I’ve been experiencing some performance problems with Odysseus’s topsites display, and I hear so have some of you. So overtime I have been adding performance improvements to it, and I may continue to do so. In this post I will document what these have been, what these may be.
The topsites display is an SQLite query (which is the same technology as behind elementary Music’s “smart playlists”), which is rendered to HTML using a custom templating language I call “Prosody”. However it turns out this required the number of visits to each page to be visited before it can compute which links to show, which in turn manifests as a freeze as you use Odysseus more.
On the otherhand Odysseus downloads a database of links I’d recommend you check out, complete with screenshots, on first launch in order to fill in blank slots in your topsites. This manifested as a slower loading time for this page on first-launch, which is precisely not what I want when designing for elementary.
Indexing visit counts
The first optimization I attempted was to move the counting up of visits to each page into it’s own database table. Because by keeping this cache (if I formulate the query to update it correctly, for which I let the SQLite shell guide me towards) the main query can be given more optimization opportunities for it to exploit.
However this only ended up changing the nature of how the problem manifested rather than fixing it. As now the freeze was more noticable but was proportional to how long it has been since you last opened a new tab. So more work was needed.
Taking care of the freeze
Let’s discuss why interactive interfaces freeze. Because inside any non-trivial interface there is some code which repeatedly stops and listens to hear what you want it to do. And if any task you give it takes to long before it returns to this “mainloop” the application will not be able to get to the next task immediately and thus appears “frozen”.
The main cause of this in Odysseus are SQLite queries, because SQLite has no awareness of GTK’s mainloop. So I changed the indexing query I wrote for the last step to frequently return control to Prosody. And prosody in turn frequently returns control to the mainloop.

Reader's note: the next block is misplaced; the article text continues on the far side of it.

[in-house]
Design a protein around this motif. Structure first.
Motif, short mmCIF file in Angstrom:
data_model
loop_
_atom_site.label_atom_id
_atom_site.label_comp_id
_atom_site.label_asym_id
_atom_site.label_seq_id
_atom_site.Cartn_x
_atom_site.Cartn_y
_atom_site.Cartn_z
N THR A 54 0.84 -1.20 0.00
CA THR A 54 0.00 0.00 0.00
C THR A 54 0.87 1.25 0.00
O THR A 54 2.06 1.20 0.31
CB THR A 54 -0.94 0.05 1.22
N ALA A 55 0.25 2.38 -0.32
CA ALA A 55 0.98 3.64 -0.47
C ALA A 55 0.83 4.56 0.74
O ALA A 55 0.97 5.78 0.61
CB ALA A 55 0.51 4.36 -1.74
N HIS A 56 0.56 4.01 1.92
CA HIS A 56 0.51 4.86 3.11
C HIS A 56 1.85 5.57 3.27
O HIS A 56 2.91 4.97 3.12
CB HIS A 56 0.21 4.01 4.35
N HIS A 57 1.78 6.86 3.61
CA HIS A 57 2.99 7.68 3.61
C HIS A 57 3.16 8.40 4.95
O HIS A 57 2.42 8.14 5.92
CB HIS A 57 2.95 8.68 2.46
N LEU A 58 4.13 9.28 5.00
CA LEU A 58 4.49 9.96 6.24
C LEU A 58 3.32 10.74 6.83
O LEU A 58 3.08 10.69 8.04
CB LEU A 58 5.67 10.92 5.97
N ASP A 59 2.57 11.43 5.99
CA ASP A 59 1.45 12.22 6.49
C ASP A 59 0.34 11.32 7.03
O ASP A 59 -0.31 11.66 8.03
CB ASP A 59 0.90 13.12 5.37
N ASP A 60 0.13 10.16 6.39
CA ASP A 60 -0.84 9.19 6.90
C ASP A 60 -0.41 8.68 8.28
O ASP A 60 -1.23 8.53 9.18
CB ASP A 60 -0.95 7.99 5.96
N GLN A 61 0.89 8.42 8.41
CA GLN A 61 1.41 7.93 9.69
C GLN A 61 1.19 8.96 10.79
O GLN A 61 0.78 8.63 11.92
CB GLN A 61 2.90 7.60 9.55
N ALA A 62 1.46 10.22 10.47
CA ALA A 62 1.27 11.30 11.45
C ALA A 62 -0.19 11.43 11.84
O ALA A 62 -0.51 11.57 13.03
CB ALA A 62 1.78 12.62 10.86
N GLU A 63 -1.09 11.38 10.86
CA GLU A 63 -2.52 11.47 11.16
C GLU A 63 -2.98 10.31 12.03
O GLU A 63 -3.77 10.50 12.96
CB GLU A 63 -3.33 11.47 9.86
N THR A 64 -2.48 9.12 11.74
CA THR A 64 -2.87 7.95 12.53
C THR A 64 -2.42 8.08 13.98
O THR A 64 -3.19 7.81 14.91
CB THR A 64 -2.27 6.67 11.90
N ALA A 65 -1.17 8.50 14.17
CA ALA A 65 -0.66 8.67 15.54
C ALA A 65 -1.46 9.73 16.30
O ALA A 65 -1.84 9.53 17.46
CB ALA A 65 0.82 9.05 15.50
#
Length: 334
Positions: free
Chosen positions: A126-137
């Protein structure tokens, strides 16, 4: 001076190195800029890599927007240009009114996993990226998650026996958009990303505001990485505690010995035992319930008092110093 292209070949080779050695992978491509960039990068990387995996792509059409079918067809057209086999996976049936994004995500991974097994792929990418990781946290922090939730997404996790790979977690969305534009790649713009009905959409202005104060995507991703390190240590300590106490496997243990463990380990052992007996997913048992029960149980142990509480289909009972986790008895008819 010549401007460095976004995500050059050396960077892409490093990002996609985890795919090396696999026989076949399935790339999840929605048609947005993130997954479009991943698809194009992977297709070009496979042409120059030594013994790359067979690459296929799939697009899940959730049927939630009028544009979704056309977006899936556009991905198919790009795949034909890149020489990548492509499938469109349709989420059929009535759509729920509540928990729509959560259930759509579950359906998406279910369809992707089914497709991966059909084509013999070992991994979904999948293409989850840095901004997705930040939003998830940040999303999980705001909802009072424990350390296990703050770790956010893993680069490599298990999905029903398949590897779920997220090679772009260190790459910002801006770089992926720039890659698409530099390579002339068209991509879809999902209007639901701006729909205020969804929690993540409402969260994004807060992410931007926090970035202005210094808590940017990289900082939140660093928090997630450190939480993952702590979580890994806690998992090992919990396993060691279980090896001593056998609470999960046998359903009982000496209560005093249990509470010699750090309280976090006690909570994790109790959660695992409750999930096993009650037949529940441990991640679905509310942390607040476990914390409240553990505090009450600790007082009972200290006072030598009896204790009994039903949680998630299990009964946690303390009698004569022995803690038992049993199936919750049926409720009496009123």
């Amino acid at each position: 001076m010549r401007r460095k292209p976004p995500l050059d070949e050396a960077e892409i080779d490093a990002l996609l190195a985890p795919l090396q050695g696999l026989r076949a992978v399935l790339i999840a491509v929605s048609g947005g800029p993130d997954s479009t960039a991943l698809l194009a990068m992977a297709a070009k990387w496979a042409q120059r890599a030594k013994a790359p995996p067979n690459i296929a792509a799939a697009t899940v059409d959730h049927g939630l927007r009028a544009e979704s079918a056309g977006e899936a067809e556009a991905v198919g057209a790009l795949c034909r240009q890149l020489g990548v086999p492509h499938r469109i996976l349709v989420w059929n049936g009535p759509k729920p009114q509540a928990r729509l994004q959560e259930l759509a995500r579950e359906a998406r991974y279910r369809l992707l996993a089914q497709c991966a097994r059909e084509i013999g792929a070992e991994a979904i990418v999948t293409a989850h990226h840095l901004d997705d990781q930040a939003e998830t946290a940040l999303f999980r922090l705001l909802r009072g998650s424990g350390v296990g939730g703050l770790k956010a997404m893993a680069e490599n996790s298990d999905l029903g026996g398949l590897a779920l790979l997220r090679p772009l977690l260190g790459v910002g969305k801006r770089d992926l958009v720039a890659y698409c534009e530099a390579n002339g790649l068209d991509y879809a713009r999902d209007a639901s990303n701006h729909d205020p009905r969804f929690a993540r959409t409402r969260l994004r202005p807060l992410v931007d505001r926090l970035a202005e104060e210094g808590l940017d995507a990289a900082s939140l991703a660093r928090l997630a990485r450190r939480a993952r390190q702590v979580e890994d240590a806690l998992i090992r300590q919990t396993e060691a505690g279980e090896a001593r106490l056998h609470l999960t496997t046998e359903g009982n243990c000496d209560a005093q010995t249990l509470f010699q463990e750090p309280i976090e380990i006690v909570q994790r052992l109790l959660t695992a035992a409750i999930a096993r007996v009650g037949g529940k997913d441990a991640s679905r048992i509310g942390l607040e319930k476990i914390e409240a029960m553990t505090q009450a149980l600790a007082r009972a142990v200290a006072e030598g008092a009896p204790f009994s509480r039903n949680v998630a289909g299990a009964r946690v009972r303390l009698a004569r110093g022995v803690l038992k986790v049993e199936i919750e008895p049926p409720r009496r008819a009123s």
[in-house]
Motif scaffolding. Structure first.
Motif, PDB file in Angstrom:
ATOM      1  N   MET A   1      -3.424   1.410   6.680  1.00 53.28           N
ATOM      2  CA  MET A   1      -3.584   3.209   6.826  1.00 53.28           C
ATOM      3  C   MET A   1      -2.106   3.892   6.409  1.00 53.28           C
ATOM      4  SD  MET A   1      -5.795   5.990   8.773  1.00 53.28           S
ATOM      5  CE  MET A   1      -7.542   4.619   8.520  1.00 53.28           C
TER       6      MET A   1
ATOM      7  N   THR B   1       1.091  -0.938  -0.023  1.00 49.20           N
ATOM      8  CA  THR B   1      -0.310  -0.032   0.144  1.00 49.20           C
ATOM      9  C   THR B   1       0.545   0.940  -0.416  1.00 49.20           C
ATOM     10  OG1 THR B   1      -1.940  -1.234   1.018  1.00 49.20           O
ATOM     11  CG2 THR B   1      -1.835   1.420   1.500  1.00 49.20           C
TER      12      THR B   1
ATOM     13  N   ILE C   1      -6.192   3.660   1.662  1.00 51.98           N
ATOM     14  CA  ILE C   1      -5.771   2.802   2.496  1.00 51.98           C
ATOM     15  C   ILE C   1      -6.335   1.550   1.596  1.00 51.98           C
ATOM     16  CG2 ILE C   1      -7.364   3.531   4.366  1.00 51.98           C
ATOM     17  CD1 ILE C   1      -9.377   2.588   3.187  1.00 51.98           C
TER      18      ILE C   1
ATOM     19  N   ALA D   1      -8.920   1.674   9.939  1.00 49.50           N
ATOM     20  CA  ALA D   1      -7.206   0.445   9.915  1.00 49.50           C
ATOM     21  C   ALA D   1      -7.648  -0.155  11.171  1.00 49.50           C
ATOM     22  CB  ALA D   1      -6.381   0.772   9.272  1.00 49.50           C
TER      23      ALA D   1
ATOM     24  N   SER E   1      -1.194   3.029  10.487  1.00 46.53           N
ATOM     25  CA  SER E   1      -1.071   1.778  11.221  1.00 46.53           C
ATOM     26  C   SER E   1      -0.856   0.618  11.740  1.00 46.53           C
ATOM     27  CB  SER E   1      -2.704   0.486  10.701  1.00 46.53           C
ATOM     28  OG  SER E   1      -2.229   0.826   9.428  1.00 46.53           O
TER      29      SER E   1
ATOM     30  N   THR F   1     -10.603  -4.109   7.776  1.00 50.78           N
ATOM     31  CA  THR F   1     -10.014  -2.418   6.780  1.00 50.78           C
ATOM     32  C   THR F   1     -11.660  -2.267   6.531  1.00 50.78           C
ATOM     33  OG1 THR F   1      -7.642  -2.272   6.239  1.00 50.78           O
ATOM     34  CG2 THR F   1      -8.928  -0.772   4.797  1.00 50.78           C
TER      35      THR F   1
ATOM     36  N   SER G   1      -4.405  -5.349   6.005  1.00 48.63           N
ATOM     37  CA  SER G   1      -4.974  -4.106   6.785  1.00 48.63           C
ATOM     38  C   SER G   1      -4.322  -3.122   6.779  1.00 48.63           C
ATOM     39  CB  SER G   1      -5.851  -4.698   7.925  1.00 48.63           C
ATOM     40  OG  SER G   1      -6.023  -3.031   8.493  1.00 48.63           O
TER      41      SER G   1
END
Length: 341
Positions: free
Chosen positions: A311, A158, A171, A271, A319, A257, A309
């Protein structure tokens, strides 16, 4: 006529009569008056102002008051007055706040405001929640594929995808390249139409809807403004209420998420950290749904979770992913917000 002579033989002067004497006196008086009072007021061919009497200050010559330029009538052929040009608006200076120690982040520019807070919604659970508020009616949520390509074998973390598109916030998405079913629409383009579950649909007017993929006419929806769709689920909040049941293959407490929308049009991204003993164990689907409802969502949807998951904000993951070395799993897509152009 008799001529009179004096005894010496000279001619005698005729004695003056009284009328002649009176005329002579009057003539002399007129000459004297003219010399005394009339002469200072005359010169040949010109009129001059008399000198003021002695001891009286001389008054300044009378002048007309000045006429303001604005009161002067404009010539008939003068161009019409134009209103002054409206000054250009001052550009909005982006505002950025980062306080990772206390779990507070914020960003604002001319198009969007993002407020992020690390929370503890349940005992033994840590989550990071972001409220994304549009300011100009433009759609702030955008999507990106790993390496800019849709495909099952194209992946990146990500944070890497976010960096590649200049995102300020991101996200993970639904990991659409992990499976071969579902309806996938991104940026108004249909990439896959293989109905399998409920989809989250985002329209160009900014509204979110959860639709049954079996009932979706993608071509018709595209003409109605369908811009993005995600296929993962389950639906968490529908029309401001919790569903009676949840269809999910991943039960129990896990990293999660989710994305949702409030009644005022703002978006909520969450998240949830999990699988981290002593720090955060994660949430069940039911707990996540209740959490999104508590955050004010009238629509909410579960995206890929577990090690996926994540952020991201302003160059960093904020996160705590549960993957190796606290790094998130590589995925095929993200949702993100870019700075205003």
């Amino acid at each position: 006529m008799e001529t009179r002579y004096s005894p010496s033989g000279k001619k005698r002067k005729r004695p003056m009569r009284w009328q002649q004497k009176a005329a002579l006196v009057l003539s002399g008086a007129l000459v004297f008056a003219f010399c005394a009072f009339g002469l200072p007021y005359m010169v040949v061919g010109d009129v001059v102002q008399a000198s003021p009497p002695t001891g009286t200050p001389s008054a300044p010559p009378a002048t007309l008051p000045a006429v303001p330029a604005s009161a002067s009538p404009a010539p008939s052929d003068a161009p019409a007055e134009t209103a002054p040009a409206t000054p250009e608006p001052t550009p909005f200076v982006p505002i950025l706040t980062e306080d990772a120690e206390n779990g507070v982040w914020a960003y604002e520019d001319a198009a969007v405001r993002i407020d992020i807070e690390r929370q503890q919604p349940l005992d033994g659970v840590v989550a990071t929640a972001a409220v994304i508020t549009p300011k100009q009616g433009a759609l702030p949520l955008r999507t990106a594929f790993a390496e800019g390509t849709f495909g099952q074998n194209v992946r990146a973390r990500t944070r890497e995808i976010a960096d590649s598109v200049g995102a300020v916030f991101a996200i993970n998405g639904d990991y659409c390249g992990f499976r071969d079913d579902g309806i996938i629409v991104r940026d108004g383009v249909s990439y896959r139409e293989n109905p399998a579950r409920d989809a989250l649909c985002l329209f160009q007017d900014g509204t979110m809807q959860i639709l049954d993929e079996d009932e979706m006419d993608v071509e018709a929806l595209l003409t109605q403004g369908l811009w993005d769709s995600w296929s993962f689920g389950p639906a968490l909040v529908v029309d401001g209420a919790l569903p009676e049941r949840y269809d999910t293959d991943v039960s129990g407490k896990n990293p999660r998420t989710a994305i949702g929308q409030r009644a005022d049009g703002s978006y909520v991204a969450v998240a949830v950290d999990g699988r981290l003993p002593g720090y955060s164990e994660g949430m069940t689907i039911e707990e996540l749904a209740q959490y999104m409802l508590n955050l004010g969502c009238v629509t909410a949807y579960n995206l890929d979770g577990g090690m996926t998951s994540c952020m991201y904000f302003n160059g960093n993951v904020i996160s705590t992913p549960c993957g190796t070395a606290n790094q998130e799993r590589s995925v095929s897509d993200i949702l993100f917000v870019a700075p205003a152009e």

Though in this case it turned it didn’t return control frequently enough, so that had to be fixed before any improvement could be noticed.
Degrading the screenshots
The first optimization I did to try and fix the performance of the first-launch was to degrade the image quality of the screenshots so it was less for Odysseus to download in one go. Though unfortunately no matter how hard I tried I couldn’t optimize this enough.
Deferring screenshot downloads
Failing that I decided to move the screenshots out of that initial download to wait until after rendering of the page to be downloaded. And possibly later if they’re needed yet. That is I had WebKit fetch these images off my website rather than Prosody. And by doing so I got a huge performance improvement.
Though that may have slowed things down later in that these images are now downloaded from the Web rather than loaded out of the local database, and it may have hurt your privacy (I’m not convinced it did, but I don’t want to risk not doing something about it). So I added some code between WebKit and my website which caches the screenshots it downloads.
While the performance is quite reasonable now, it is still worth optimizing it further. So here are some options I’m aware of that I’ll likely investigate persuing in the future:
Reducing the number of recommended links
Judging by the performance of my recommendations site I doubt this’ll help any. But I do need to better figure out what I’m doing with these links just for usability concerns.
Deferring disk writes
Both updating the visit counts and saving the recommended links involve writing data to your SQLite database. Which in turn involves a disk write. But if I could, using say a transaction, defer the disk writes until after the page has rendered that may take care of the main remaining bottleneck.
It may be useful for many Odysseus features if it would periodically run some queries in the background to update this index before you visit your next new tab. For example this could also be used to clean up old screenshots you that are just cluttering up your disk space anymore.
Thus when you open a new tab those visit counts would have already been tallied thus removing this task from the critical path.